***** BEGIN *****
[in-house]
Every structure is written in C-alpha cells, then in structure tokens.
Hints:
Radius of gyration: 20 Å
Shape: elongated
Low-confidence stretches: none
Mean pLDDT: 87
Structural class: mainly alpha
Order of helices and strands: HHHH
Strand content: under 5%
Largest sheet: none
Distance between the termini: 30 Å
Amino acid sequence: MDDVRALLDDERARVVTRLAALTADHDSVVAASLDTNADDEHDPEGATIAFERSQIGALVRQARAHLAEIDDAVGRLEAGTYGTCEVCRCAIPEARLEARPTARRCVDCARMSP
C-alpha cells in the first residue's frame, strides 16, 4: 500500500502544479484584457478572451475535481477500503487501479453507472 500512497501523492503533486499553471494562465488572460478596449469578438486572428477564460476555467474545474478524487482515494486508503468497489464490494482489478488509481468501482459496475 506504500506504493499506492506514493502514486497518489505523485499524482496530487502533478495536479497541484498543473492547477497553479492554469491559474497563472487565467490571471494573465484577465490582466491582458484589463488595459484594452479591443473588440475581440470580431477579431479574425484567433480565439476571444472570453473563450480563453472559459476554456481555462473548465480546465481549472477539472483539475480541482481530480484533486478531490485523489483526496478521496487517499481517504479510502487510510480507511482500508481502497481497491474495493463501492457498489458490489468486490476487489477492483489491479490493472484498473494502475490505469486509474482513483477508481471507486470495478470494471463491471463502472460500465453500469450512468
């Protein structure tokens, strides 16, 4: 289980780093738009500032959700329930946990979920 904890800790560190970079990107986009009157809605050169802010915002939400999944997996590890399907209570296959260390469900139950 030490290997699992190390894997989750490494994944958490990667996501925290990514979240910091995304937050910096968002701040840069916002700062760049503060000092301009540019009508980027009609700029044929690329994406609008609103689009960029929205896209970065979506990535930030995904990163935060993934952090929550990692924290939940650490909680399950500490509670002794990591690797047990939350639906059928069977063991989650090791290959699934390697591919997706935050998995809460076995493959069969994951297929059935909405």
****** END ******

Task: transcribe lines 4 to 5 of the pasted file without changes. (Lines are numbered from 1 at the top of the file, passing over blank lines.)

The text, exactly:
Radius of gyration: 20 Å
Shape: elongated